Toronto’s ArtSci Salon at Nuit Blanche, Mycology, Wild Bees and Art+Tech!

From a Tuesday, September 11, 2018 Art/Sci Salon announcement (received via email),

Baba Yaga Collective and ArtSci Salon Present:
Chaos Fungorum

In 1747, Carl Linnaeus, known as the “father of taxonomy”, observed
that the seeds of fungus moved in water like fish until “..by a law of
nature thus far unheard of and surpassing all human understanding..,”
they changed back to plant in their adult life.

He proceeded to include fungi in the new genus of “Chaos”. But why
delimiting fungi within categories and boundaries when it is exactly
their fluidity that make them so interesting?

Chaos Fungorum draws on the particular position occupied by fungi and
other hybrid organisms: neither plant nor animal, fungi extend across,
and can entertain, communications and collaborations between animal,
human and industrial realms.

Mixing different artistic practices and media, the artists featured in
this exhibition seek to move beyond rigid comprehensions of the living
by working with, rather than merely shaping, sculpting and manipulating
plants, microorganisms and fungi. Letting the non-human speak is to move
away from an anthropocentric approach to the world: it not only opens to
new rewarding artistic practices, but it also fosters new ideas of
sustainable coexistence, new unusual life collaborations and
adaptations, and new forms of communications and languages.

THE EXHIBITION
September 26 – October 7, 2018

Baba Yaga Collective 906 Queen Street West @Crawford, Toronto

info@babayagacollective.ca

FEATURING

BIO.CHROME COLLECTIVE
Robyn Crouch • Mellissa Fisher • Shavon Madden
Tracy Maurice • Tosca Teran • Alexis Williams

SPECIAL GUEST
Whitefeather Hunter

SPECIAL NUIT BLANCHE OPENING RECEPTION
September 29
6:00 – 9:00 pm

6:30pm: Artsci Salon introduction with Roberta Buiani and Stephen Morris
rethinking categories and the “non-human” in art and science

Followed by artist remarks.
Scientists from the University of Toronto will act as respondent.

9:30pm onward: Tosca Teran & Andrei Gravelle of Nanotopia [emphasis mine]

BIO-SONIFICATIONS: NON-HUMAN COLLABORATIONS Mycelium to MIDI •

Midnight Mushroom music live performance

This Special program is co-presented by The Baba Yaga Collective and
ArtSci Salon. For more information contact artscisalon@gmail.com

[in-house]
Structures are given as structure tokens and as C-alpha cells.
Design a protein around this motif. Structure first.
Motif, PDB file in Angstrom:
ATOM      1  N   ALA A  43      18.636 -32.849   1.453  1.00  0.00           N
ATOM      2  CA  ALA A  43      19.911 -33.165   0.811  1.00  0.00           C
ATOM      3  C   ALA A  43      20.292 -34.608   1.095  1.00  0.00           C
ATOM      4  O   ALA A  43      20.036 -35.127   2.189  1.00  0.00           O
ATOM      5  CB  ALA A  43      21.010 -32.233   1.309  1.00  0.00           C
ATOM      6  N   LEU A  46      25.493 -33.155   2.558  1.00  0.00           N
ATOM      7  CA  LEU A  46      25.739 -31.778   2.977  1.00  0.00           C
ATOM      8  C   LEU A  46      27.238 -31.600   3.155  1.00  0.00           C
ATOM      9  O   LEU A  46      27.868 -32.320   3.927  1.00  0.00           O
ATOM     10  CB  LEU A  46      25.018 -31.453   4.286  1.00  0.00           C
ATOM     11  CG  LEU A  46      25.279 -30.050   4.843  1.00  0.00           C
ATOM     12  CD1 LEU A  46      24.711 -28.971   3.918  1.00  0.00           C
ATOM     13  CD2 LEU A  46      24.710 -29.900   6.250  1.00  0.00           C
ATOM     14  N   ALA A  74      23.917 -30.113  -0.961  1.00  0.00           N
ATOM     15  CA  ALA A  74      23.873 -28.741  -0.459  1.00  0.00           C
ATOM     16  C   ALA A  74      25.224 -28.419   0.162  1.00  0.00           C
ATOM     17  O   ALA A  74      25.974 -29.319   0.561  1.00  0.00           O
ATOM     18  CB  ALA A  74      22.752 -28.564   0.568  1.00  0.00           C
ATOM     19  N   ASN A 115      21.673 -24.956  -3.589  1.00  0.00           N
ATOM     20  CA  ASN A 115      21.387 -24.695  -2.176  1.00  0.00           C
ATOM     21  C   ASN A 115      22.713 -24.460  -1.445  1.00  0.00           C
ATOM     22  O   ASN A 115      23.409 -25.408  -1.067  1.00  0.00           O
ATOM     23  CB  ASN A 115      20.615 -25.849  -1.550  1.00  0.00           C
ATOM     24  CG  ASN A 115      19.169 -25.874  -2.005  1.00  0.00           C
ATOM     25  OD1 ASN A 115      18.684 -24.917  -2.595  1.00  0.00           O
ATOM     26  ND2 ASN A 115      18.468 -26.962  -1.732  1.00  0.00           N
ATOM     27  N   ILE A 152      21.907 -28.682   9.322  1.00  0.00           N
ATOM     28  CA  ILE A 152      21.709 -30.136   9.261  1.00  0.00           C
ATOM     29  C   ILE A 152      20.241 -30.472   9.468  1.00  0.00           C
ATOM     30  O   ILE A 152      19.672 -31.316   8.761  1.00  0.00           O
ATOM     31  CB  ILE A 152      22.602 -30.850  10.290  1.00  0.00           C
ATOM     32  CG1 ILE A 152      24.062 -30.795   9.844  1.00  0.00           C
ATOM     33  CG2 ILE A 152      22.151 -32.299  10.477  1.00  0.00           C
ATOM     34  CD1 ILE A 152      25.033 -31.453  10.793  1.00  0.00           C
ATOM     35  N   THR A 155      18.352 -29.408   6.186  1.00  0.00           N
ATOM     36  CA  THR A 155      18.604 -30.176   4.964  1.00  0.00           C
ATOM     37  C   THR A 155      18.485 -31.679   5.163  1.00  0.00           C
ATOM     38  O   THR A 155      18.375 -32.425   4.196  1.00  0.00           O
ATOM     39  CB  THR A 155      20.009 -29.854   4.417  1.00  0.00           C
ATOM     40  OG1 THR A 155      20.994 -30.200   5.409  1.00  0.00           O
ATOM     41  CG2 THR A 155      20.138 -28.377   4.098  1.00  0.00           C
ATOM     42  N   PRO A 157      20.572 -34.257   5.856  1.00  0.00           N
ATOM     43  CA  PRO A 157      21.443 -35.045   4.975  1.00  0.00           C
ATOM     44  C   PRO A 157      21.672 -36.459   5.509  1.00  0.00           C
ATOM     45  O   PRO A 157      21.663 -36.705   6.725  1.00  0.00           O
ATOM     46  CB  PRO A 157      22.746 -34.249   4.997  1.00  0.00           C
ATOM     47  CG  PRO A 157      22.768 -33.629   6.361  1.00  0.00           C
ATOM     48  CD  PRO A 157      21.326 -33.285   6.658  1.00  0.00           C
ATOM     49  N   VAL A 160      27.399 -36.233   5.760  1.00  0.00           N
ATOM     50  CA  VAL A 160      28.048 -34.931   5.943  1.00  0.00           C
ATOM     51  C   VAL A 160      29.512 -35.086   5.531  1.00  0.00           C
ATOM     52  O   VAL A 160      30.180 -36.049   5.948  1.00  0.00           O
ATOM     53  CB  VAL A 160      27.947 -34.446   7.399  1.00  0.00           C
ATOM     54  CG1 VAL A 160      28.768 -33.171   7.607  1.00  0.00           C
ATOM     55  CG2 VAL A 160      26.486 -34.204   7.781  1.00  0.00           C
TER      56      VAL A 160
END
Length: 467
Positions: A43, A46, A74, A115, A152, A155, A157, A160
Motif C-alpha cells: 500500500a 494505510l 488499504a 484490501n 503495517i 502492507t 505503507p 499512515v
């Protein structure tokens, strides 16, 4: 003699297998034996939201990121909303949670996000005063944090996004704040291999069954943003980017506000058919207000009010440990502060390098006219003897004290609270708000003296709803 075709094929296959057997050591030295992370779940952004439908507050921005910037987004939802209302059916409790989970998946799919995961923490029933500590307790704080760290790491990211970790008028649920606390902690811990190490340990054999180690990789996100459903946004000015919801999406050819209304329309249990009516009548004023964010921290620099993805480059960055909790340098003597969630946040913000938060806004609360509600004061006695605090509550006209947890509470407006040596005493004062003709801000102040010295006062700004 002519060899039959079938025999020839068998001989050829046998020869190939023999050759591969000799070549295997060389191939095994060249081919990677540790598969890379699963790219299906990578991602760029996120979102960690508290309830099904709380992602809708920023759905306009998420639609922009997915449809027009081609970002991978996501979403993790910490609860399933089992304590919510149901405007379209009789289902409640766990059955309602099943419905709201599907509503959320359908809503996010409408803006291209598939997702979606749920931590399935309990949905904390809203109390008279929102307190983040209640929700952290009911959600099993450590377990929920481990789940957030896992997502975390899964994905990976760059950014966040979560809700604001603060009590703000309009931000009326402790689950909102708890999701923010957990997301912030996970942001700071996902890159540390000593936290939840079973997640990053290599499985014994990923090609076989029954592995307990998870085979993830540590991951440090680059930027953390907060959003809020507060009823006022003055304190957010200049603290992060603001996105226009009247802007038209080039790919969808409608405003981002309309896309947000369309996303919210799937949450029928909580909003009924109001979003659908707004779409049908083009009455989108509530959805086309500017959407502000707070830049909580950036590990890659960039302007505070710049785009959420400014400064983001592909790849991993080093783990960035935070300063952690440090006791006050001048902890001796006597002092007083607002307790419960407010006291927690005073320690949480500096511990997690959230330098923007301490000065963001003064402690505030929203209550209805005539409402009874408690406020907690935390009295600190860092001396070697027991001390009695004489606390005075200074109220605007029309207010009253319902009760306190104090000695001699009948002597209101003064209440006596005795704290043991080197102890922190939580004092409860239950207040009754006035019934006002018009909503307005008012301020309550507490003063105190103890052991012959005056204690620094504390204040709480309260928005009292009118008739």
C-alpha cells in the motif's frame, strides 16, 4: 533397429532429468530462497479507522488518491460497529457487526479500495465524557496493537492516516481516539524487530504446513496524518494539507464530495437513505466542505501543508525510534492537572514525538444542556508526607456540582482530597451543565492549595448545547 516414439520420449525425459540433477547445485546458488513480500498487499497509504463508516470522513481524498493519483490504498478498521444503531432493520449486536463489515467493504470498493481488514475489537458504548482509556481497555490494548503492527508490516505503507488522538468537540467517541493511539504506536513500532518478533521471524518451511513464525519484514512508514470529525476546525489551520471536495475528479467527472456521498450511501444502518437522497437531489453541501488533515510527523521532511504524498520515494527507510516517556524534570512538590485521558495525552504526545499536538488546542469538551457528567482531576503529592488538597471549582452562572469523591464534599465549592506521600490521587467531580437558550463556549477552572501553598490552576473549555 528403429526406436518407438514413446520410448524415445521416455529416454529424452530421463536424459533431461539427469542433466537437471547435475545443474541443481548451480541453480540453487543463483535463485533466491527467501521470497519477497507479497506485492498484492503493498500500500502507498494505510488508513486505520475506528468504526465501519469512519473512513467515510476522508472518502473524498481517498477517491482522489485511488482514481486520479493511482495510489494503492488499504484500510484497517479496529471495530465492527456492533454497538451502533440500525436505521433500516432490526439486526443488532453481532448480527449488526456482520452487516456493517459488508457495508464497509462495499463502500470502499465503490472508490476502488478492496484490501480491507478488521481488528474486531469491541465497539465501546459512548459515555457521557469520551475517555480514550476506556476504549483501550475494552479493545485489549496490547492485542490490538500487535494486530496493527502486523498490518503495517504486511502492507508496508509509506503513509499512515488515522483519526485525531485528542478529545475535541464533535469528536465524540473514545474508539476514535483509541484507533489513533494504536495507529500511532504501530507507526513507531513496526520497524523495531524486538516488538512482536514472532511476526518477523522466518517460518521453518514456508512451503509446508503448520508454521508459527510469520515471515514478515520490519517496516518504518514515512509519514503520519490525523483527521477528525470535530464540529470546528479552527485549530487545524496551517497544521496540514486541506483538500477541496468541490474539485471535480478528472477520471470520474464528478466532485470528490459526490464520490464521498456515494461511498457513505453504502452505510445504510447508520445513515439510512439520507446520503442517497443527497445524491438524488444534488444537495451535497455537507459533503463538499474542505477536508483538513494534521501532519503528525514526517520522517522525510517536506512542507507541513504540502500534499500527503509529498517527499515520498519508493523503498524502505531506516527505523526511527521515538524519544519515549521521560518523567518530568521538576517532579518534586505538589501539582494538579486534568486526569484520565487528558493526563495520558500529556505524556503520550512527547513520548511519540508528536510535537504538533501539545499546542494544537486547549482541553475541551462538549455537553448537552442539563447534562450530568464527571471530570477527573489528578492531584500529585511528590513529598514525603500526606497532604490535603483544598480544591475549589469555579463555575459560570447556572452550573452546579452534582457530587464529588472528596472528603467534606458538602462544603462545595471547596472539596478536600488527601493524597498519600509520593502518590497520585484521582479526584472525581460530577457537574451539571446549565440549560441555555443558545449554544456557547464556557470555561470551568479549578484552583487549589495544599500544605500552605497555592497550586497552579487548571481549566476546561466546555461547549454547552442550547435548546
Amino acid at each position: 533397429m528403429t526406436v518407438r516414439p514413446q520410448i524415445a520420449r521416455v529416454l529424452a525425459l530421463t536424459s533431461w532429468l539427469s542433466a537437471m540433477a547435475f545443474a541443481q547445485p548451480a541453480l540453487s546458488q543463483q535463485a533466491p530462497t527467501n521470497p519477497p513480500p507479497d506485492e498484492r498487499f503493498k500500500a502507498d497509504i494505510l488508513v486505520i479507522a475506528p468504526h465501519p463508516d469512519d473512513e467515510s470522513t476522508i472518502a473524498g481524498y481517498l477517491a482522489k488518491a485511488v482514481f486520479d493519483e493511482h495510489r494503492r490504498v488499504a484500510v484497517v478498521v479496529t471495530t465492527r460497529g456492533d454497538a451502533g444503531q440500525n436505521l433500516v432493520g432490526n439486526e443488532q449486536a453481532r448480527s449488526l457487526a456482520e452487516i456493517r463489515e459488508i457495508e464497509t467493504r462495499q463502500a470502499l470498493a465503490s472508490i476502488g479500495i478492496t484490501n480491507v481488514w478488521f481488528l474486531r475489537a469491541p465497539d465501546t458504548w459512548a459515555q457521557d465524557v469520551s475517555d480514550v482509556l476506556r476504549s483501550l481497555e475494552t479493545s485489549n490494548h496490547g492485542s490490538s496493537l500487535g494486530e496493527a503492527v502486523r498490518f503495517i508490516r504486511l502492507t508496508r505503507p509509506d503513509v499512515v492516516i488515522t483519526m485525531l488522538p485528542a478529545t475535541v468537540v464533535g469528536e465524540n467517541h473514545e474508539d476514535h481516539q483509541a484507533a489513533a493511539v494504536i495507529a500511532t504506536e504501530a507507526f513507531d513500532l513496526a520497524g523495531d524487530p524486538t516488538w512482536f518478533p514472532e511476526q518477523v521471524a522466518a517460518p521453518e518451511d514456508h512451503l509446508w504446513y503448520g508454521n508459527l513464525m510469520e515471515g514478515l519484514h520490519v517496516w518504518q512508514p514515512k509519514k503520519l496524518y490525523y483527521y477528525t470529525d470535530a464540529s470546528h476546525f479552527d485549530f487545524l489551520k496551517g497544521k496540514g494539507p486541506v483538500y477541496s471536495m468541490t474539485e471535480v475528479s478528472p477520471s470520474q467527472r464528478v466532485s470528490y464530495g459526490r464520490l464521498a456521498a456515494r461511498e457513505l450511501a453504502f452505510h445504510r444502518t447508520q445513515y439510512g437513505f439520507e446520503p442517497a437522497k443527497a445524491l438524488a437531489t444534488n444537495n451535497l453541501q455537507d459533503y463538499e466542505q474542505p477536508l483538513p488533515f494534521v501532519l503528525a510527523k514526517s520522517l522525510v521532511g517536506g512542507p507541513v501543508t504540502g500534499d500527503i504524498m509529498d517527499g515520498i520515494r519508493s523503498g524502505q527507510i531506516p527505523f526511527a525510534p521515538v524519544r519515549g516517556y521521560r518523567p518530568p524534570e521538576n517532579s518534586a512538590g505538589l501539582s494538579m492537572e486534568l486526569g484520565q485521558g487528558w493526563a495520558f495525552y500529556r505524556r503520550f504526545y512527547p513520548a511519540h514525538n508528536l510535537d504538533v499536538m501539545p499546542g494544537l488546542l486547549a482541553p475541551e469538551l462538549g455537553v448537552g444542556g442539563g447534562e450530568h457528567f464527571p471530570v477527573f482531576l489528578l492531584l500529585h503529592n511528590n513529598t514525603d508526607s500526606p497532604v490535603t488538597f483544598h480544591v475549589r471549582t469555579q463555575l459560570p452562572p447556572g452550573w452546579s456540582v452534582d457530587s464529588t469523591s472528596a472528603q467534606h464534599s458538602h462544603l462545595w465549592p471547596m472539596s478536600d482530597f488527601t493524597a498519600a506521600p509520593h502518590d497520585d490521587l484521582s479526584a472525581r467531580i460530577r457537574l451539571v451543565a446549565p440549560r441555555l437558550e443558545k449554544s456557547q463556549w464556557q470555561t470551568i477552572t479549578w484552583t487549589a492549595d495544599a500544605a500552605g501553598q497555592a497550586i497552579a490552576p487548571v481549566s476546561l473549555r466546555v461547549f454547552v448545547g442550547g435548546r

https://www.facebook.com/events/1763778620414561/

 All the Buzz on Wild Bee Club!
Summer Speaker Series

Wed Sept 19 at 7pm
High Park Nature Centre,
All the Buzz on Wild Bee Club! – Summer Speaker Series

The speaker series will feature the club’s biologist/leader SUSAN FRYE.
A major component of this club will use the SONIC SOLITARIES AUDIO BEE
CABINET  – an observable nest site for bees in OURSpace – to encompass a
sensory experience with stem nesting bees and wasps, and to record
weekly activity at the cabinet. Pairing magnified views in tandem with
amplified sound via headphones, the cabinet facilitates an enhanced
perception of its tiny inhabitants: solitary bees and wasps and other
nest biota in action, up close. As citizen scientists, we can gather and
record observations to compile them into a database that will contribute
to our growing understanding of native bees, the native (and non-native)
plants they use for food and nest material sources, their co-evolution,
and how pollination in a park and restored habitat setting is
facilitated by native bees.

Fri, Sept 21, 8pm
Music Gallery, 918 Bathurst (their new location) –
Trio Wow & Flutter
with Bea Labikova, fujara, saxophones,
Kayla Milmine-Abbott, soprano saxophone,
Sarah Peebles, shō, cracklebox, amplifiers.

Call for Participants: Art+Tech Jam

ChangeUp’s Art+Tech Jam
September 21-23

This three days event will unite a diverse group of artists and
technologists in an intensive, collaborative three-day creation period
and culminating showcase (public exhibition and interdisciplinary rave).

ChangeUo is currently accepting applicants from tech and arts/culture
spaces of all ages, backgrounds, and experience levels.
Limited spots available.
For more information and to apply
https://tinyurl.com/changeup-artsorg

I looked up Nanotopia and found it on SoundCloud. Happy listening!

Et Al III (the ultimate science bar night in Vancouver) and more

A September 12, 2018 Curiosity Collider announcement (received via email) reveals details about the latest cooperative event/bar night put on by three sciencish groups,